Commuting and Leisure and Socializing and Uncategorized05 Jul 2008 12:29 pm

The bike stays parked today and I take the train again. Evening plans that are a little, uh, “fluid”, inform this choice.

Herding cats with cell phones can actually work and the extended family ends up enjoying an 8 pm show of Cirque Shanghai at Navy Pier.

Horrific rush-hour traffic, Edens Expressway construction, and a severe storm in the north suburbs makes the drive long and miserable for the rest of the family. My wife gets there from a downtown appointment on her bike. I walk most of the way from my office and only jump the free “trolley” shuttle (really a bus, folks, who are we kidding here?) after showing a suburban family where to get it and looking up at the dark and threatening sky.

The shuttle is packed but the mood is cheery: everyone’s a tourist today and this vehicle represents a lot of cars not going to Navy Pier. Frequent, easy, pleasant, convenient. Did I mention “free” already? Who’s to argue with transit like this?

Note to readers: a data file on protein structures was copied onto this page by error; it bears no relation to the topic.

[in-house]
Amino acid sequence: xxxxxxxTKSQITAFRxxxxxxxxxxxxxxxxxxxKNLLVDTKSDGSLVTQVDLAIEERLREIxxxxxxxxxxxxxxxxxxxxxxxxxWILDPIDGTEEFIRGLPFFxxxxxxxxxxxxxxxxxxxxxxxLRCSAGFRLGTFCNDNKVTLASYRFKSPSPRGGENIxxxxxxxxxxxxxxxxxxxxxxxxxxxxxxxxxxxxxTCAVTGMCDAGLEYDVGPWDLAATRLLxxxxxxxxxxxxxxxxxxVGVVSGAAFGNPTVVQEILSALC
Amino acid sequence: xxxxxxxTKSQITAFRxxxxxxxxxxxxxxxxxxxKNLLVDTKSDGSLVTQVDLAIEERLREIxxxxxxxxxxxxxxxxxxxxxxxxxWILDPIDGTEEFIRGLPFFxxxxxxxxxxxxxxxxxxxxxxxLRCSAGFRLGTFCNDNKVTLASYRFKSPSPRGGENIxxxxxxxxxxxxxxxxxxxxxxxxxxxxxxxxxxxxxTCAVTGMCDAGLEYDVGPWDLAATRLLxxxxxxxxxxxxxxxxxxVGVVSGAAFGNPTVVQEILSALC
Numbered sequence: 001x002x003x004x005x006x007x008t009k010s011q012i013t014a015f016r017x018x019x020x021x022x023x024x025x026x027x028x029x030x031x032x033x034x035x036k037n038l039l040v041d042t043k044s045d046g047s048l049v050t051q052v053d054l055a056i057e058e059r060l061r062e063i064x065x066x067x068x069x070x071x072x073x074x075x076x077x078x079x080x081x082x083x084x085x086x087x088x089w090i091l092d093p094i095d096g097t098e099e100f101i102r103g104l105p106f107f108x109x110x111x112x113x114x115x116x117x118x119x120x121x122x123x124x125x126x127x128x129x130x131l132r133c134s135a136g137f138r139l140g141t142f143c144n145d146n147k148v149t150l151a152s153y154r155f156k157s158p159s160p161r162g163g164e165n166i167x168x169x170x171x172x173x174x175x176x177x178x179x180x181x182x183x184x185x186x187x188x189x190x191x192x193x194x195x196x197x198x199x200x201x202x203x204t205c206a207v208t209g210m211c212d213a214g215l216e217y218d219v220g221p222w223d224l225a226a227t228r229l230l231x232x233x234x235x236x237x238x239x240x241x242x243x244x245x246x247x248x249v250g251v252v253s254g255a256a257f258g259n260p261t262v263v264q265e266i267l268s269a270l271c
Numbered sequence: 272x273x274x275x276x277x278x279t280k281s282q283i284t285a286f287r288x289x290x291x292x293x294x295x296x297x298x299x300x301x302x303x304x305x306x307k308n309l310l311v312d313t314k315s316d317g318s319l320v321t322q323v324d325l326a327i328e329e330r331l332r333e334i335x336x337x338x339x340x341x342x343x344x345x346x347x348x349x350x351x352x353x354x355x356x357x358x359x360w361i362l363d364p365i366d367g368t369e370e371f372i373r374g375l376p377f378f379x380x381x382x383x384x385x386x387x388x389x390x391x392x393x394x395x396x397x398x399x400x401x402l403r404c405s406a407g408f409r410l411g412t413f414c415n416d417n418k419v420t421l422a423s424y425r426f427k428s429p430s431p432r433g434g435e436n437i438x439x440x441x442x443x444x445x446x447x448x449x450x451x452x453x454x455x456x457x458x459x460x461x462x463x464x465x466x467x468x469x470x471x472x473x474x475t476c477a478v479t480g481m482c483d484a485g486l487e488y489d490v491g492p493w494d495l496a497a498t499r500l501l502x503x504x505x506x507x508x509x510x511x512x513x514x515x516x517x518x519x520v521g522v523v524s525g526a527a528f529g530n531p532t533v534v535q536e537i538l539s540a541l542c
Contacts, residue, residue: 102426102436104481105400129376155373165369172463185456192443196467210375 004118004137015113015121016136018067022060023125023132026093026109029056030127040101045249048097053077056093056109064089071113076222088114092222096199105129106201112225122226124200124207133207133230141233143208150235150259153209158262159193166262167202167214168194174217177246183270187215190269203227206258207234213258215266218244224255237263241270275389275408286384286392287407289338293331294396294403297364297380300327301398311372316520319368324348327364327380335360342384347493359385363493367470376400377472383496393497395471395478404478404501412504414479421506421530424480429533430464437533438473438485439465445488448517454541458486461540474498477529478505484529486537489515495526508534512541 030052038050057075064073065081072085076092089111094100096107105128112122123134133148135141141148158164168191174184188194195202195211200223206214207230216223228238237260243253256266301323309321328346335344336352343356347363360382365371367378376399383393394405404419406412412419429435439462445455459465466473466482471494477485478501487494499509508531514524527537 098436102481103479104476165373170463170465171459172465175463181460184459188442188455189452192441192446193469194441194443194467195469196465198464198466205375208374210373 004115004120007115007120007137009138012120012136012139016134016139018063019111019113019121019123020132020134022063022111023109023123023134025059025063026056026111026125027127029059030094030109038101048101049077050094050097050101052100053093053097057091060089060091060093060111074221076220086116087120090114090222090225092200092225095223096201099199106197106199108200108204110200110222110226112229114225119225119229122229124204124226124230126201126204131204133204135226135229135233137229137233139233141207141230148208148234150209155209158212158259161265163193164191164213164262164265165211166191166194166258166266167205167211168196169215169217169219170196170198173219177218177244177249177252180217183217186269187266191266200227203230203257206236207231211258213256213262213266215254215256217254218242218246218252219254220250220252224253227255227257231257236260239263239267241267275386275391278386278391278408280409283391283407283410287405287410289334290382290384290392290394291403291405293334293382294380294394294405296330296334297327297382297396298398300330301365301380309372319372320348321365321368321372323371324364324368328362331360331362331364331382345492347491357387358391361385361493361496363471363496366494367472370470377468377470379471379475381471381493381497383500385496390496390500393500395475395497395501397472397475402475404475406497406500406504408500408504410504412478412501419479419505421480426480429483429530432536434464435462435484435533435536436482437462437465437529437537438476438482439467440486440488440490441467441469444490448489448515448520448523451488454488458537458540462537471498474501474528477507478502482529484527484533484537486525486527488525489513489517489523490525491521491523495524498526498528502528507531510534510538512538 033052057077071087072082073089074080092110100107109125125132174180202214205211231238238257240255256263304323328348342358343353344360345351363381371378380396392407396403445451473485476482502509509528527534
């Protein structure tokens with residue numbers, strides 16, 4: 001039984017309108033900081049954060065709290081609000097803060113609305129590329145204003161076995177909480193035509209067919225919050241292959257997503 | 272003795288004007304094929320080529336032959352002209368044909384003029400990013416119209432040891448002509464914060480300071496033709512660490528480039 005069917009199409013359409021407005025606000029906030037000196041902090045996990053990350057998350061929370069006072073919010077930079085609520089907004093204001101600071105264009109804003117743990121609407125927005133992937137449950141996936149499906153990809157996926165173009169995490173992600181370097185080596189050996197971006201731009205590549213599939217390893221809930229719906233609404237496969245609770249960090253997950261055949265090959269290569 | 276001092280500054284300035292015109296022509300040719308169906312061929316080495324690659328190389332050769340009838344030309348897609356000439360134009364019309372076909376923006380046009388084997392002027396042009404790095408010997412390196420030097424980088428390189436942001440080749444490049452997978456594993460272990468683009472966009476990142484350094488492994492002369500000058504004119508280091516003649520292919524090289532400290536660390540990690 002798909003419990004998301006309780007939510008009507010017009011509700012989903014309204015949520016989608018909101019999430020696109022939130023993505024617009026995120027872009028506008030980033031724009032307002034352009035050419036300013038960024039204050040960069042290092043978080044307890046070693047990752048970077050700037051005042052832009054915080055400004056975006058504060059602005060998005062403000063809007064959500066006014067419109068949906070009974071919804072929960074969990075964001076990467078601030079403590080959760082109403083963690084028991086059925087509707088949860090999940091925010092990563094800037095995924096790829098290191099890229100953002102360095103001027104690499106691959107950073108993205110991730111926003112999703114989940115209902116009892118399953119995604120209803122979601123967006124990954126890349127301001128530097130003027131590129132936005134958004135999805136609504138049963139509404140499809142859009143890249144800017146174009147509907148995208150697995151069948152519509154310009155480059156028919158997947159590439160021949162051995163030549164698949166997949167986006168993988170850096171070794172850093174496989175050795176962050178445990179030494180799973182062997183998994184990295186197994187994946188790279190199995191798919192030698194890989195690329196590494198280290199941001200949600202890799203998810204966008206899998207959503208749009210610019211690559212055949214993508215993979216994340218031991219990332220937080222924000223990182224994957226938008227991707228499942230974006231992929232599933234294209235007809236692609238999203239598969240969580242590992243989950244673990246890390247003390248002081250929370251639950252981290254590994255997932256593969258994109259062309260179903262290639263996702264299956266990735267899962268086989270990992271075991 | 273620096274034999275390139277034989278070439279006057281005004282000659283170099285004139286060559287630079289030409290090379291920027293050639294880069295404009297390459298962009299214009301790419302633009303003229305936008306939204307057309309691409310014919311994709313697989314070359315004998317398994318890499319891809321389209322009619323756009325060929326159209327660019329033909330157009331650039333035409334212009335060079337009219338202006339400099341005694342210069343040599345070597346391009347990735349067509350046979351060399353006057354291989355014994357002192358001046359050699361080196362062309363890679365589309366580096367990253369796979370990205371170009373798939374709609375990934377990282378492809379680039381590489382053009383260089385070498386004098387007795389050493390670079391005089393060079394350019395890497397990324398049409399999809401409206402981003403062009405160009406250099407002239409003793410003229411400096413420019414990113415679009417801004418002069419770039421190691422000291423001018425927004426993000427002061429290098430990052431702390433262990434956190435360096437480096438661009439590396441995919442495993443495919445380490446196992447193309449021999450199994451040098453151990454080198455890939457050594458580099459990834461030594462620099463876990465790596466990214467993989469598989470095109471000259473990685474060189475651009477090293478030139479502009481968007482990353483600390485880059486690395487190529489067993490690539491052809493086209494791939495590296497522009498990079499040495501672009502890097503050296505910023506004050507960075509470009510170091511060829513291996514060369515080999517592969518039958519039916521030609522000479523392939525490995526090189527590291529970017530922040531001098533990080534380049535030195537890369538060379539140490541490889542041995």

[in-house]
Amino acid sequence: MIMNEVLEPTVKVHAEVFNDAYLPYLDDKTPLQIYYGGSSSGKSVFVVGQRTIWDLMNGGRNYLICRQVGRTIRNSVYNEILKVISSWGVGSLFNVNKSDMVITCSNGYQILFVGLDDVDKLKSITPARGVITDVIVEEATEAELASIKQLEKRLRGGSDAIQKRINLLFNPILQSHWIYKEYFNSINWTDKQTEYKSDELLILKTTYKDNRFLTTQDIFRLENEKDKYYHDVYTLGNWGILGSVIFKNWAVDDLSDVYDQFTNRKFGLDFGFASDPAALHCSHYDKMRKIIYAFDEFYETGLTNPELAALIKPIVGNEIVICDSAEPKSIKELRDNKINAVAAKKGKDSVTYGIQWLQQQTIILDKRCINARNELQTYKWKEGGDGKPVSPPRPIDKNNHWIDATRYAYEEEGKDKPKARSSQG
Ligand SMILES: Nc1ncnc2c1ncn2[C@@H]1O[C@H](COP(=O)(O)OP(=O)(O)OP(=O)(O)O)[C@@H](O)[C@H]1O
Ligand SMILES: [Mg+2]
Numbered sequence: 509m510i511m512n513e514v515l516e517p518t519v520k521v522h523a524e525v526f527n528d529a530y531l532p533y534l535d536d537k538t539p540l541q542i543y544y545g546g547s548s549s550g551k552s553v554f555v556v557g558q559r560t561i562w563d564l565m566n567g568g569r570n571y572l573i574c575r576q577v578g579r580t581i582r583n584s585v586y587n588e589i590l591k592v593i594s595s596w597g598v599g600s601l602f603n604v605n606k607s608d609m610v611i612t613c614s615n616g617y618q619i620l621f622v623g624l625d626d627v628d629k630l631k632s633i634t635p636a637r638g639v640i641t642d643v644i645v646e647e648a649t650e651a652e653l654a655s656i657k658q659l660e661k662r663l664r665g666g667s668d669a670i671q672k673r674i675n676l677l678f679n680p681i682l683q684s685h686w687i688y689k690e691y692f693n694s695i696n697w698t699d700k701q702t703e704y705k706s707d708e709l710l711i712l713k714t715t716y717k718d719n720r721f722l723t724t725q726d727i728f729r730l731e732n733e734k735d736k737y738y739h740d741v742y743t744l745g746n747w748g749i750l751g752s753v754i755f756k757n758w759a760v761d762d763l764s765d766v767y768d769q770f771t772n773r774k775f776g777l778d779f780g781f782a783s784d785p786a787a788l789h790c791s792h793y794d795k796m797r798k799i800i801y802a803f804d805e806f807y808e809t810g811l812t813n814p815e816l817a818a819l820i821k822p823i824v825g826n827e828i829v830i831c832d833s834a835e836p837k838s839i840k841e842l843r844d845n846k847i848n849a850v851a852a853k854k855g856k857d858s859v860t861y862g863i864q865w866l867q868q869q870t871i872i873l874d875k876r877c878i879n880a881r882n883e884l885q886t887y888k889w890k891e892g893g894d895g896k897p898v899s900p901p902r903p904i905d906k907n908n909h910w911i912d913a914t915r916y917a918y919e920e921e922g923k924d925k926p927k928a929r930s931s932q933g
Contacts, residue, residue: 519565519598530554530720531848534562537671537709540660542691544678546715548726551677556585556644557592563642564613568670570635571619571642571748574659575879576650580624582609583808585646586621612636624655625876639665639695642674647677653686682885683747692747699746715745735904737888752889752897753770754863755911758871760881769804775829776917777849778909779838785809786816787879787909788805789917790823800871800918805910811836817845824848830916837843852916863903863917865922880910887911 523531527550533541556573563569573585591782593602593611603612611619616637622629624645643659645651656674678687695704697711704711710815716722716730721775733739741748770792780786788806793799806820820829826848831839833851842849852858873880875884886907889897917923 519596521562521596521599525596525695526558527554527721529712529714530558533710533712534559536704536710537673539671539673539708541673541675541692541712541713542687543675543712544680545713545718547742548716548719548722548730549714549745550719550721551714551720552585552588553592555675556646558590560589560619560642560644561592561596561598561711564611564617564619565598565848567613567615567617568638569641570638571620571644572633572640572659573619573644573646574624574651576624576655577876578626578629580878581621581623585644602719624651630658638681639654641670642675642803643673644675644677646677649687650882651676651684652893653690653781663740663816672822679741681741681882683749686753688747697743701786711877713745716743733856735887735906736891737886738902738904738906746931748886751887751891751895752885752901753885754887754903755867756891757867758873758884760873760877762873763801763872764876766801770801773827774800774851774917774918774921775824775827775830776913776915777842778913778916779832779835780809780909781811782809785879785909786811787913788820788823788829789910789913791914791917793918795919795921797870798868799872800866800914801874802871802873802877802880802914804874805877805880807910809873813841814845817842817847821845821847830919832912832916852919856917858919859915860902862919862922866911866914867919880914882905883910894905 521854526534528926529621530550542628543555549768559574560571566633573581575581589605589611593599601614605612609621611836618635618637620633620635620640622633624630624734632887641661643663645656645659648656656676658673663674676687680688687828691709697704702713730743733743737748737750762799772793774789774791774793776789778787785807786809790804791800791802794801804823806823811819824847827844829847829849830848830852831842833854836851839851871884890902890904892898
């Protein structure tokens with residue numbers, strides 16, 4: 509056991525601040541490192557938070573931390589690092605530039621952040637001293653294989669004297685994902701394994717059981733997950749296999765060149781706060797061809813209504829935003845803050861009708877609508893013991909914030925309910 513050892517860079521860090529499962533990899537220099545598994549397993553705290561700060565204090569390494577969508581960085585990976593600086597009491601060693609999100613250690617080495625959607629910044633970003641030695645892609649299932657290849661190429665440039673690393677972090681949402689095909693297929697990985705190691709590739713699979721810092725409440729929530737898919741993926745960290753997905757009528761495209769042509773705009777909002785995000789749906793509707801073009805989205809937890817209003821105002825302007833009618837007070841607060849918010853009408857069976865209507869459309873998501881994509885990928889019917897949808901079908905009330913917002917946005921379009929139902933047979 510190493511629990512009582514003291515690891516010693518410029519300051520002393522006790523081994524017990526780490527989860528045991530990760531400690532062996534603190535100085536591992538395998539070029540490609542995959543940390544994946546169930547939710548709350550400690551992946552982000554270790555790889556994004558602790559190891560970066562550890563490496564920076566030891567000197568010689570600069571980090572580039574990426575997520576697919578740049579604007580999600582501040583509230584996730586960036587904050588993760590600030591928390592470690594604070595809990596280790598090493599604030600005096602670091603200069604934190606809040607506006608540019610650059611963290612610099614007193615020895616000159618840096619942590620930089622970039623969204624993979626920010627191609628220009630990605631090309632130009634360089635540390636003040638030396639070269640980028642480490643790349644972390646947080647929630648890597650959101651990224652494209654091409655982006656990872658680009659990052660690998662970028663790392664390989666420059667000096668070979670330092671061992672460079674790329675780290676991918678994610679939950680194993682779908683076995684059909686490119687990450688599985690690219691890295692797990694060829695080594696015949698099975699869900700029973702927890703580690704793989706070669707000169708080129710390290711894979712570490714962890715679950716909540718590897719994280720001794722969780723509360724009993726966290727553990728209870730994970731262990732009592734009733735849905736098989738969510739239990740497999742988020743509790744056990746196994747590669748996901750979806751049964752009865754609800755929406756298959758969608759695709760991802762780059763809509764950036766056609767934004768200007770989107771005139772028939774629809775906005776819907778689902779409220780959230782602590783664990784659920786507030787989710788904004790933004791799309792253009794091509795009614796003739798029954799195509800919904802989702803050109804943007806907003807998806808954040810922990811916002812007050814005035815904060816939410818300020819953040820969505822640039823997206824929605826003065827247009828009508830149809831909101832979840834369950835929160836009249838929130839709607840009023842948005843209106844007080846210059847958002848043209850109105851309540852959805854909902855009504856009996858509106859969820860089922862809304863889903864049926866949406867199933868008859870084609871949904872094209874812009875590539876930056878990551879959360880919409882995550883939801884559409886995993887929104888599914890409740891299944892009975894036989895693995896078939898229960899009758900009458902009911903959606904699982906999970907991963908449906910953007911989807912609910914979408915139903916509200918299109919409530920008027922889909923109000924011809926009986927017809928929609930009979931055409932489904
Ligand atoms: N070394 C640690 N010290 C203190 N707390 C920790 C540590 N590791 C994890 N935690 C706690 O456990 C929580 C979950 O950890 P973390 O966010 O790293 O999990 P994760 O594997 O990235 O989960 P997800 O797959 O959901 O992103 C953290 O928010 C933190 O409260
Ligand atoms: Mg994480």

The ride home later that evening is different but informative for those of us not in a car.

The Metra blackout days because of Taste of Chicago mean that Nancy unlocks her bike and rides to the subway station where the CTA wisely still accommodates bikes.

I take a different path using the 124 Navy Pier bus that serves three Metra train stations: Millennium Park Electric Line, Ogilvie, and Union.

This bus earns its keep: it’s packed and democratic.

Young and old, Chicago’s variety of races and economics, and a man in a motorized wheelchair who maneuvered in on the ramp after the driver politely had passengers vacate the folding handicap seats to make room. People were accommodating and patient as he put the wheelchair in the space, turned it around, and parallel-parked it facing forward. Not simple but impressive.

More people packed in and the bus finally was underway. People talked noisily in groups and with the man in the wheelchair. The bus earned its keep and a little discomfort of crowding did not seem to bother anyone.

I got the train with time to spare but I admit to worrying about this. What if I missed the train? I would have had to wait another hour to get home.

But I didn’t, and managed to best Nancy’s time on the subway/el by only about 20 minutes. I avoided the heavy rain through the North Side and she was at least sheltered as she changed trains.

Now I’m thinking: Why do people drive? Why do people take the bus? Why do people avoid the bus?

Stay tuned, I’m working on this.

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